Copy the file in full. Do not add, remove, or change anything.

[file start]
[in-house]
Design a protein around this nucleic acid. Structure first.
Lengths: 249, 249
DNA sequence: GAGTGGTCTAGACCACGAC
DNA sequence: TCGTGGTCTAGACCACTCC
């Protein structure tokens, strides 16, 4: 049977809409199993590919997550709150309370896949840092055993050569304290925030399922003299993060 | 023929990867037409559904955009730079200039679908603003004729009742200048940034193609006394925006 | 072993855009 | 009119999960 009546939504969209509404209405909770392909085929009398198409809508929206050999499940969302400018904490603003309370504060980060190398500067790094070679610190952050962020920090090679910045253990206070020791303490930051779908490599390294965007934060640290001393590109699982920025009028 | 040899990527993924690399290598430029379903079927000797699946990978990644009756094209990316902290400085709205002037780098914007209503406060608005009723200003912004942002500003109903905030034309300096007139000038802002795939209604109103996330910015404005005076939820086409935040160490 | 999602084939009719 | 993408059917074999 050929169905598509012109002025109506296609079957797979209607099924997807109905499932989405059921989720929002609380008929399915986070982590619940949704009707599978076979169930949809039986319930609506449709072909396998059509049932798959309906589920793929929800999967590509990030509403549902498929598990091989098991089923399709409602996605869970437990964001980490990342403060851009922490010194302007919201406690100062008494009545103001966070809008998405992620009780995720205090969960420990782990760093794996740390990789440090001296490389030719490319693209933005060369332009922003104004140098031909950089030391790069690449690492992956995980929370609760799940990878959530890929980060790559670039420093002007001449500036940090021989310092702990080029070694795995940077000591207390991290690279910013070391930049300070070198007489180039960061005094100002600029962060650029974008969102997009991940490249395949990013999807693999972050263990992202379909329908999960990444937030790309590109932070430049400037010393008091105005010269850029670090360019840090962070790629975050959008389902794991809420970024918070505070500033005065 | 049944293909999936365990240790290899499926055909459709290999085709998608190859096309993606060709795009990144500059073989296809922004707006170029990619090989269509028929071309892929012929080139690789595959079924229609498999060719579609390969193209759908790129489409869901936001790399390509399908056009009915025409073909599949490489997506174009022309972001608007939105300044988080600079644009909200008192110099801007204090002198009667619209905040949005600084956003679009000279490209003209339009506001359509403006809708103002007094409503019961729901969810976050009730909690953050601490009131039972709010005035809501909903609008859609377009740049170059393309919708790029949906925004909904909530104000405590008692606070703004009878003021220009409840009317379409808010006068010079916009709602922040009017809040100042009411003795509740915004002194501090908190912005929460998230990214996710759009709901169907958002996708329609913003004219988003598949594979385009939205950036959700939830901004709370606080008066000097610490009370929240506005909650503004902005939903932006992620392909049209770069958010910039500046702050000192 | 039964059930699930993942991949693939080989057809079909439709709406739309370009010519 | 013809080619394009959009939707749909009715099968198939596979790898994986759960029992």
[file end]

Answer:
[in-house]
Design a protein around this nucleic acid. Structure first.
Lengths: 249, 249
DNA sequence: GAGTGGTCTAGACCACGAC
DNA sequence: TCGTGGTCTAGACCACTCC
């Protein structure tokens, strides 16, 4: 049977809409199993590919997550709150309370896949840092055993050569304290925030399922003299993060 | 023929990867037409559904955009730079200039679908603003004729009742200048940034193609006394925006 | 072993855009 | 009119999960 009546939504969209509404209405909770392909085929009398198409809508929206050999499940969302400018904490603003309370504060980060190398500067790094070679610190952050962020920090090679910045253990206070020791303490930051779908490599390294965007934060640290001393590109699982920025009028 | 040899990527993924690399290598430029379903079927000797699946990978990644009756094209990316902290400085709205002037780098914007209503406060608005009723200003912004942002500003109903905030034309300096007139000038802002795939209604109103996330910015404005005076939820086409935040160490 | 999602084939009719 | 993408059917074999 050929169905598509012109002025109506296609079957797979209607099924997807109905499932989405059921989720929002609380008929399915986070982590619940949704009707599978076979169930949809039986319930609506449709072909396998059509049932798959309906589920793929929800999967590509990030509403549902498929598990091989098991089923399709409602996605869970437990964001980490990342403060851009922490010194302007919201406690100062008494009545103001966070809008998405992620009780995720205090969960420990782990760093794996740390990789440090001296490389030719490319693209933005060369332009922003104004140098031909950089030391790069690449690492992956995980929370609760799940990878959530890929980060790559670039420093002007001449500036940090021989310092702990080029070694795995940077000591207390991290690279910013070391930049300070070198007489180039960061005094100002600029962060650029974008969102997009991940490249395949990013999807693999972050263990992202379909329908999960990444937030790309590109932070430049400037010393008091105005010269850029670090360019840090962070790629975050959008389902794991809420970024918070505070500033005065 | 049944293909999936365990240790290899499926055909459709290999085709998608190859096309993606060709795009990144500059073989296809922004707006170029990619090989269509028929071309892929012929080139690789595959079924229609498999060719579609390969193209759908790129489409869901936001790399390509399908056009009915025409073909599949490489997506174009022309972001608007939105300044988080600079644009909200008192110099801007204090002198009667619209905040949005600084956003679009000279490209003209339009506001359509403006809708103002007094409503019961729901969810976050009730909690953050601490009131039972709010005035809501909903609008859609377009740049170059393309919708790029949906925004909904909530104000405590008692606070703004009878003021220009409840009317379409808010006068010079916009709602922040009017809040100042009411003795509740915004002194501090908190912005929460998230990214996710759009709901169907958002996708329609913003004219988003598949594979385009939205950036959700939830901004709370606080008066000097610490009370929240506005909650503004902005939903932006992620392909049209770069958010910039500046702050000192 | 039964059930699930993942991949693939080989057809079909439709709406739309370009010519 | 013809080619394009959009939707749909009715099968198939596979790898994986759960029992």